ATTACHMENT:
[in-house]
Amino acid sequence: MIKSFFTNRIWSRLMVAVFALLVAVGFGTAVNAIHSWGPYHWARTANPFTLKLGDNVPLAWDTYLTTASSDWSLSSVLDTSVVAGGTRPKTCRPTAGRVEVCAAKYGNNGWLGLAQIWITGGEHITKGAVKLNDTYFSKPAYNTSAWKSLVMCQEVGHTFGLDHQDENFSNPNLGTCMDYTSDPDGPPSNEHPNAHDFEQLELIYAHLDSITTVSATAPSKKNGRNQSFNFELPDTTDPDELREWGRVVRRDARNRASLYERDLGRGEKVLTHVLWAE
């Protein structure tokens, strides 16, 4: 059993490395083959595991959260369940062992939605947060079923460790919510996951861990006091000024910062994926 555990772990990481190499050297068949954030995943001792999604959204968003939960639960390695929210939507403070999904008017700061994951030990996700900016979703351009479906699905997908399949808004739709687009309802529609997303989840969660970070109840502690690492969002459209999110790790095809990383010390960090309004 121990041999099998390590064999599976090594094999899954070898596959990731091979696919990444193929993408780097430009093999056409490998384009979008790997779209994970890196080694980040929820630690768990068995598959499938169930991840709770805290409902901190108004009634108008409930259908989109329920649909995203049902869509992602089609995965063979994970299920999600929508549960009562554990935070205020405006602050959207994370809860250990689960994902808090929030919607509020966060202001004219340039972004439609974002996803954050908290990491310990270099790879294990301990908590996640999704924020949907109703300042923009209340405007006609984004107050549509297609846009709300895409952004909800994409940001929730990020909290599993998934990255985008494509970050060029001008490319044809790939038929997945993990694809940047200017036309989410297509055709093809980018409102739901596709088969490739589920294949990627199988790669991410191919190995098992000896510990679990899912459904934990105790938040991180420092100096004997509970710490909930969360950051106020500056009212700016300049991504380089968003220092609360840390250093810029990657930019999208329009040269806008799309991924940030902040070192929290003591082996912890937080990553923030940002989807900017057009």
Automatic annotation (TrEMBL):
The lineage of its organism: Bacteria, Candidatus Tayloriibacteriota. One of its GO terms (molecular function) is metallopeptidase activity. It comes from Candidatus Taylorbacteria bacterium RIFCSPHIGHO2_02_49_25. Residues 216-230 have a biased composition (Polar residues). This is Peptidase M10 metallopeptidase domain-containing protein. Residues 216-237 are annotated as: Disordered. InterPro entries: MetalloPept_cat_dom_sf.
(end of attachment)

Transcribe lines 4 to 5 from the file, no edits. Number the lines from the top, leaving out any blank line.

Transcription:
Automatic annotation (TrEMBL):
The lineage of its organism: Bacteria, Candidatus Tayloriibacteriota. One of its GO terms (molecular function) is metallopeptidase activity. It comes from Candidatus Taylorbacteria bacterium RIFCSPHIGHO2_02_49_25. Residues 216-230 have a biased composition (Polar residues). This is Peptidase M10 metallopeptidase domain-containing protein. Residues 216-237 are annotated as: Disordered. InterPro entries: MetalloPept_cat_dom_sf.